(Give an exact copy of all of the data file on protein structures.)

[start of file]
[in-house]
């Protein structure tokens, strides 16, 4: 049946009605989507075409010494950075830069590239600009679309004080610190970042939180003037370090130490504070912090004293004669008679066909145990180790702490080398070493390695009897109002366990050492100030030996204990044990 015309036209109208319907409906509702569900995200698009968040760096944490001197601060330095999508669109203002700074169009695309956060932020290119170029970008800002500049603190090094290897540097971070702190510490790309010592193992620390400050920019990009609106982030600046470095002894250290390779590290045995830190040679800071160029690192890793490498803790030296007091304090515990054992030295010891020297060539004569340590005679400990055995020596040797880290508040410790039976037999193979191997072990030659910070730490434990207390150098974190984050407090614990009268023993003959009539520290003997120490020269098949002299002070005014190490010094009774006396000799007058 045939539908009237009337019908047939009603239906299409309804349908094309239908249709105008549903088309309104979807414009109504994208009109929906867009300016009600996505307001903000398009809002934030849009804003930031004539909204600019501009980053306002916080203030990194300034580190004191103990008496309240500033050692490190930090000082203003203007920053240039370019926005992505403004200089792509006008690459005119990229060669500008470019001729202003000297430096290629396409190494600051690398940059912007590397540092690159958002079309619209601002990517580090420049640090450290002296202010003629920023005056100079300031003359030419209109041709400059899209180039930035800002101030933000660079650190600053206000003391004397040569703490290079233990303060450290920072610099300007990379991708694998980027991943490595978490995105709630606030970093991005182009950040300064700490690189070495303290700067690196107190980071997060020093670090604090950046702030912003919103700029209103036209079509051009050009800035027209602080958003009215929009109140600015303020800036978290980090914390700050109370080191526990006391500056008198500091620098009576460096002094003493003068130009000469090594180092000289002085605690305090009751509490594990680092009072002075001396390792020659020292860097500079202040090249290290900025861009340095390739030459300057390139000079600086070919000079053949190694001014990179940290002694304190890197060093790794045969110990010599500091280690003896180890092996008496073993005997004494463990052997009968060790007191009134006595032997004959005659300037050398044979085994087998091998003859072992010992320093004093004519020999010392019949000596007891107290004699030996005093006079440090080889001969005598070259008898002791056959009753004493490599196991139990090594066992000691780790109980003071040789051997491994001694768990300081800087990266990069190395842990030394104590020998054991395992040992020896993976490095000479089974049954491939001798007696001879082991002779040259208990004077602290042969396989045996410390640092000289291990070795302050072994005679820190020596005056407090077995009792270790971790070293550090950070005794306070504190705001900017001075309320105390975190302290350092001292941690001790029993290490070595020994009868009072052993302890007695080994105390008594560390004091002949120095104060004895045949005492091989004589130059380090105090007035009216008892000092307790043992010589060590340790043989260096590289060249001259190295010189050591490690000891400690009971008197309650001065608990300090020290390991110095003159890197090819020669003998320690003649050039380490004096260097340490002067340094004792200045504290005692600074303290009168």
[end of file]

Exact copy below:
[in-house]
């Protein structure tokens, strides 16, 4: 049946009605989507075409010494950075830069590239600009679309004080610190970042939180003037370090130490504070912090004293004669008679066909145990180790702490080398070493390695009897109002366990050492100030030996204990044990 015309036209109208319907409906509702569900995200698009968040760096944490001197601060330095999508669109203002700074169009695309956060932020290119170029970008800002500049603190090094290897540097971070702190510490790309010592193992620390400050920019990009609106982030600046470095002894250290390779590290045995830190040679800071160029690192890793490498803790030296007091304090515990054992030295010891020297060539004569340590005679400990055995020596040797880290508040410790039976037999193979191997072990030659910070730490434990207390150098974190984050407090614990009268023993003959009539520290003997120490020269098949002299002070005014190490010094009774006396000799007058 045939539908009237009337019908047939009603239906299409309804349908094309239908249709105008549903088309309104979807414009109504994208009109929906867009300016009600996505307001903000398009809002934030849009804003930031004539909204600019501009980053306002916080203030990194300034580190004191103990008496309240500033050692490190930090000082203003203007920053240039370019926005992505403004200089792509006008690459005119990229060669500008470019001729202003000297430096290629396409190494600051690398940059912007590397540092690159958002079309619209601002990517580090420049640090450290002296202010003629920023005056100079300031003359030419209109041709400059899209180039930035800002101030933000660079650190600053206000003391004397040569703490290079233990303060450290920072610099300007990379991708694998980027991943490595978490995105709630606030970093991005182009950040300064700490690189070495303290700067690196107190980071997060020093670090604090950046702030912003919103700029209103036209079509051009050009800035027209602080958003009215929009109140600015303020800036978290980090914390700050109370080191526990006391500056008198500091620098009576460096002094003493003068130009000469090594180092000289002085605690305090009751509490594990680092009072002075001396390792020659020292860097500079202040090249290290900025861009340095390739030459300057390139000079600086070919000079053949190694001014990179940290002694304190890197060093790794045969110990010599500091280690003896180890092996008496073993005997004494463990052997009968060790007191009134006595032997004959005659300037050398044979085994087998091998003859072992010992320093004093004519020999010392019949000596007891107290004699030996005093006079440090080889001969005598070259008898002791056959009753004493490599196991139990090594066992000691780790109980003071040789051997491994001694768990300081800087990266990069190395842990030394104590020998054991395992040992020896993976490095000479089974049954491939001798007696001879082991002779040259208990004077602290042969396989045996410390640092000289291990070795302050072994005679820190020596005056407090077995009792270790971790070293550090950070005794306070504190705001900017001075309320105390975190302290350092001292941690001790029993290490070595020994009868009072052993302890007695080994105390008594560390004091002949120095104060004895045949005492091989004589130059380090105090007035009216008892000092307790043992010589060590340790043989260096590289060249001259190295010189050591490690000891400690009971008197309650001065608990300090020290390991110095003159890197090819020669003998320690003649050039380490004096260097340490002067340094004792200045504290005692600074303290009168």